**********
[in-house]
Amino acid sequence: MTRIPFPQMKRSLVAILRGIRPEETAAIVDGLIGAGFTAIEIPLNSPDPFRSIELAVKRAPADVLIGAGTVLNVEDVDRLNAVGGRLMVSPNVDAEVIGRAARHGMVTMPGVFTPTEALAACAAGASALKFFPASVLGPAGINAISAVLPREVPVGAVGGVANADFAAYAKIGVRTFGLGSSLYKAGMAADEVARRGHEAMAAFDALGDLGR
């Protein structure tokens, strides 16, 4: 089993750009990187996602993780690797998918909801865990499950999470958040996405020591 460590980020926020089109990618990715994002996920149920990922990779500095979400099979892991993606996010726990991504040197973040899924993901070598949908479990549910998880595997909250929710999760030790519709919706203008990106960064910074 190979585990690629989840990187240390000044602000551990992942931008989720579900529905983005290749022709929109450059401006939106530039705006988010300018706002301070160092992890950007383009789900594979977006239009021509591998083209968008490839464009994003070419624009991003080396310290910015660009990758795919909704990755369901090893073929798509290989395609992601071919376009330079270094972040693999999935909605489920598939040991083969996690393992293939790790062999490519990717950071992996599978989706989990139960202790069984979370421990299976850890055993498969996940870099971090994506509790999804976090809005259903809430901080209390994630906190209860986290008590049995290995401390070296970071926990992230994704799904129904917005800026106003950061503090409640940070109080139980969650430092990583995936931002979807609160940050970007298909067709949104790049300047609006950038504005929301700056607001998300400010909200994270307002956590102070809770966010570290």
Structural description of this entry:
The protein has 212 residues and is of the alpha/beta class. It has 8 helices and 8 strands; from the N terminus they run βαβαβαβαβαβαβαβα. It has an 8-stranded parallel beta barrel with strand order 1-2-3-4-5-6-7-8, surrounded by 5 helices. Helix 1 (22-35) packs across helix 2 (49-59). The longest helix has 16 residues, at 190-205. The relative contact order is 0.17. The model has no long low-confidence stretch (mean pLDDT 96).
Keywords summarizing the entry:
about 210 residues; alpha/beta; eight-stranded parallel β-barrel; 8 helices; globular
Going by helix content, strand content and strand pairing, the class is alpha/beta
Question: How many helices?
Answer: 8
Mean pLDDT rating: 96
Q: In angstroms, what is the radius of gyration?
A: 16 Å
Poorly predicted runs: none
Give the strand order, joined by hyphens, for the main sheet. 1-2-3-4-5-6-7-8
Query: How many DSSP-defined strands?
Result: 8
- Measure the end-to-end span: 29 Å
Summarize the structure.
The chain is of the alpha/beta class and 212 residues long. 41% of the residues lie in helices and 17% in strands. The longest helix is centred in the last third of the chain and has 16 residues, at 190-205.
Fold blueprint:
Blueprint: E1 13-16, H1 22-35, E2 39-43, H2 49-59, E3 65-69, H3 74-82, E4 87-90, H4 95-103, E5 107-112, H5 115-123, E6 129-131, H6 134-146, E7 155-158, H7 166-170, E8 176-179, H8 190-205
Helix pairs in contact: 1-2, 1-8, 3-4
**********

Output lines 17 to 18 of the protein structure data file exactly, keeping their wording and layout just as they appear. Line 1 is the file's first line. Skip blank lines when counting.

Result: 8
- Measure the end-to-end span: 29 Å